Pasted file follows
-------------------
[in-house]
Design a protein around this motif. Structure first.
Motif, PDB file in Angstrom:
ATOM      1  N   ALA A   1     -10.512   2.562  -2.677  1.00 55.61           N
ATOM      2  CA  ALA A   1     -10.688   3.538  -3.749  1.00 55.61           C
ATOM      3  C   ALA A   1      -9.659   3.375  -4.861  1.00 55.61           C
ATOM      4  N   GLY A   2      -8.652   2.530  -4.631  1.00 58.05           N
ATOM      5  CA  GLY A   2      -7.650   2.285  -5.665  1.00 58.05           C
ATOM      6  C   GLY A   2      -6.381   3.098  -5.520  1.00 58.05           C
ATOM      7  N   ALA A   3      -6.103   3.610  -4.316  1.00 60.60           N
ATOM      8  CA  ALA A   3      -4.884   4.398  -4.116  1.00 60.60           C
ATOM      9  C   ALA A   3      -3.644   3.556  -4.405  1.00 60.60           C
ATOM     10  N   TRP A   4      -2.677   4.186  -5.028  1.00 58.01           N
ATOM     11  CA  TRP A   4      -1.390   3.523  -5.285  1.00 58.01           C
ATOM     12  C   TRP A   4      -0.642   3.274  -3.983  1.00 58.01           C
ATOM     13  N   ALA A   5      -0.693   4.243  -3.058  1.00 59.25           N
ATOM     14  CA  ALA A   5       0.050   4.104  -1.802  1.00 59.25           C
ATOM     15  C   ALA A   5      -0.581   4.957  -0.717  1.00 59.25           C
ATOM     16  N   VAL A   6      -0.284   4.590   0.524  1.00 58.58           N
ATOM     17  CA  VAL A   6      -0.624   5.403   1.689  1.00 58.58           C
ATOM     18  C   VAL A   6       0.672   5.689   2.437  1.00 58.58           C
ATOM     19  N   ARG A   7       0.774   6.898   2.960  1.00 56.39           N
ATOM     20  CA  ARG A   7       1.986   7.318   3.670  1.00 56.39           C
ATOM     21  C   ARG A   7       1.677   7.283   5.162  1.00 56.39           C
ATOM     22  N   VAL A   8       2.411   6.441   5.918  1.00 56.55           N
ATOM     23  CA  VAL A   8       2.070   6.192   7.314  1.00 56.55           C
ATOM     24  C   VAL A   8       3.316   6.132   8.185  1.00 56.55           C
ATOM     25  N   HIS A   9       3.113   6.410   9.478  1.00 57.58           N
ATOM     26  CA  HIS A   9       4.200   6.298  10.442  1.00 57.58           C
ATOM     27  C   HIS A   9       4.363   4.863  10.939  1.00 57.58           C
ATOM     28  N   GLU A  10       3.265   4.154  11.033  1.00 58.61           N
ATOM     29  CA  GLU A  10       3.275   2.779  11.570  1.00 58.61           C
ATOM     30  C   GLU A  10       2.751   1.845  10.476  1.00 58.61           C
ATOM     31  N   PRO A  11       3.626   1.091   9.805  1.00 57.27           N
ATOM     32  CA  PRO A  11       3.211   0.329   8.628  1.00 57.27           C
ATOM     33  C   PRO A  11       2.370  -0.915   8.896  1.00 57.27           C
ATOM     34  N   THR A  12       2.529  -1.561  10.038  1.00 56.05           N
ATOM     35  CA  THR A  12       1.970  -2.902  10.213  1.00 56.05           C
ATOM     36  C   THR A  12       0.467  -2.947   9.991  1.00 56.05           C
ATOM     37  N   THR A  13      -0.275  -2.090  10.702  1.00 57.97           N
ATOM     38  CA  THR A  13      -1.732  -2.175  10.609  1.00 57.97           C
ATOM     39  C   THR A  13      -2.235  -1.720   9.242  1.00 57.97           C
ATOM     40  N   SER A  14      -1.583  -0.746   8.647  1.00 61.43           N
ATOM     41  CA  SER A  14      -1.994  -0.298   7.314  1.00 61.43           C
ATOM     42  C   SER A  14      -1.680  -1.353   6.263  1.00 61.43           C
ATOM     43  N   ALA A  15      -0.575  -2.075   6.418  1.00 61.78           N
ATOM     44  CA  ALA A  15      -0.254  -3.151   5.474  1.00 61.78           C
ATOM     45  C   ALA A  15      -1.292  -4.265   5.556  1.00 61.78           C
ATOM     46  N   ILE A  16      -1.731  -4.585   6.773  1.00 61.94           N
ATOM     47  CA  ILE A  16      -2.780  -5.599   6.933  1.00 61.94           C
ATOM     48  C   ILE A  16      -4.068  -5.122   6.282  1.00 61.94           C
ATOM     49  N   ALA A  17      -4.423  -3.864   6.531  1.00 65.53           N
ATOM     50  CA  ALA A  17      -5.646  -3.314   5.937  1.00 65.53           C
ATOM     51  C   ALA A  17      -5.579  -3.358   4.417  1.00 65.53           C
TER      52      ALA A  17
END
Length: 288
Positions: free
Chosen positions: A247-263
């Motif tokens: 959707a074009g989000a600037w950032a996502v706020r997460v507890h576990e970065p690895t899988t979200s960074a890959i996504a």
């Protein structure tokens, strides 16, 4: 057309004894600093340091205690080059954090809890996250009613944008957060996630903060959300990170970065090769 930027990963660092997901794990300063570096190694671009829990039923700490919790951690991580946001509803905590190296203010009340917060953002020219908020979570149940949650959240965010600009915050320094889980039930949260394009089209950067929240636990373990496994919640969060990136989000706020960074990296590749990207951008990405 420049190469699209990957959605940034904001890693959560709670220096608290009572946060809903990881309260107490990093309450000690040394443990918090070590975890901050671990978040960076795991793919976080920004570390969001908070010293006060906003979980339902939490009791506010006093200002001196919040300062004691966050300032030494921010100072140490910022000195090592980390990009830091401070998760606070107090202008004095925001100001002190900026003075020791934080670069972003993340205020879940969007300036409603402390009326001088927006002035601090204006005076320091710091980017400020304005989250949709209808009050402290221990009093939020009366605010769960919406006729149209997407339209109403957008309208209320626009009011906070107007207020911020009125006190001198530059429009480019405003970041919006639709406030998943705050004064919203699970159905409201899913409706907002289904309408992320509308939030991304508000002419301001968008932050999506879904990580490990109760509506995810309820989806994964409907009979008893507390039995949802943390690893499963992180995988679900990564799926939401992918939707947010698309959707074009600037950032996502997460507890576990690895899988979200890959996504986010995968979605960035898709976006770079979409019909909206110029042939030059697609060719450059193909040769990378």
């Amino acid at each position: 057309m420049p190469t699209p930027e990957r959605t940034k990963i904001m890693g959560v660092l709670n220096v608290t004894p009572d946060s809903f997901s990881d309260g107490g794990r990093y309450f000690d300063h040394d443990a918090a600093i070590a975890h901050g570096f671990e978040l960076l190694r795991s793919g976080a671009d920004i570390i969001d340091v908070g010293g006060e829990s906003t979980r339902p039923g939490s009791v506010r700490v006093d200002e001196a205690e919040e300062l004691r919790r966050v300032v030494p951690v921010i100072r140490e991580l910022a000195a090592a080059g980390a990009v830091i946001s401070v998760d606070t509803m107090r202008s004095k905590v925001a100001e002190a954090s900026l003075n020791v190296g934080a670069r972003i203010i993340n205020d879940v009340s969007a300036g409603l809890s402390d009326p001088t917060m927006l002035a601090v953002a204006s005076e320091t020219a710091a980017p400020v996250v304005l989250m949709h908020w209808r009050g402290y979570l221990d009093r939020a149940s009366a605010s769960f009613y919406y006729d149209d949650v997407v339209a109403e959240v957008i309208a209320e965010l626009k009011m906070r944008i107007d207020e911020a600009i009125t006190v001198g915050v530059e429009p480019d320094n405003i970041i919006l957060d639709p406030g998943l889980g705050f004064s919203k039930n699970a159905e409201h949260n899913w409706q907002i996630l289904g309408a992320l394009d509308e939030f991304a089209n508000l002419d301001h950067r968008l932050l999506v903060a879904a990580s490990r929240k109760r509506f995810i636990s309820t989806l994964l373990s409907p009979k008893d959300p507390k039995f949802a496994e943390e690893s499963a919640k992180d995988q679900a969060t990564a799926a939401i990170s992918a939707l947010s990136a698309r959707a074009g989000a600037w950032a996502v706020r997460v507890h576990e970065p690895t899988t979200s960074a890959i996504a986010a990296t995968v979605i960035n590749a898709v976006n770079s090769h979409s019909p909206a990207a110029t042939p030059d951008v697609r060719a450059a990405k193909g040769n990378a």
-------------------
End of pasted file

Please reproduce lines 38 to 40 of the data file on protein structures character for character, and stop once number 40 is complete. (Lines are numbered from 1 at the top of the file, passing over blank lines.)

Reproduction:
ATOM     35  CA  THR A  12       1.970  -2.902  10.213  1.00 56.05           C
ATOM     36  C   THR A  12       0.467  -2.947   9.991  1.00 56.05           C
ATOM     37  N   THR A  13      -0.275  -2.090  10.702  1.00 57.97           N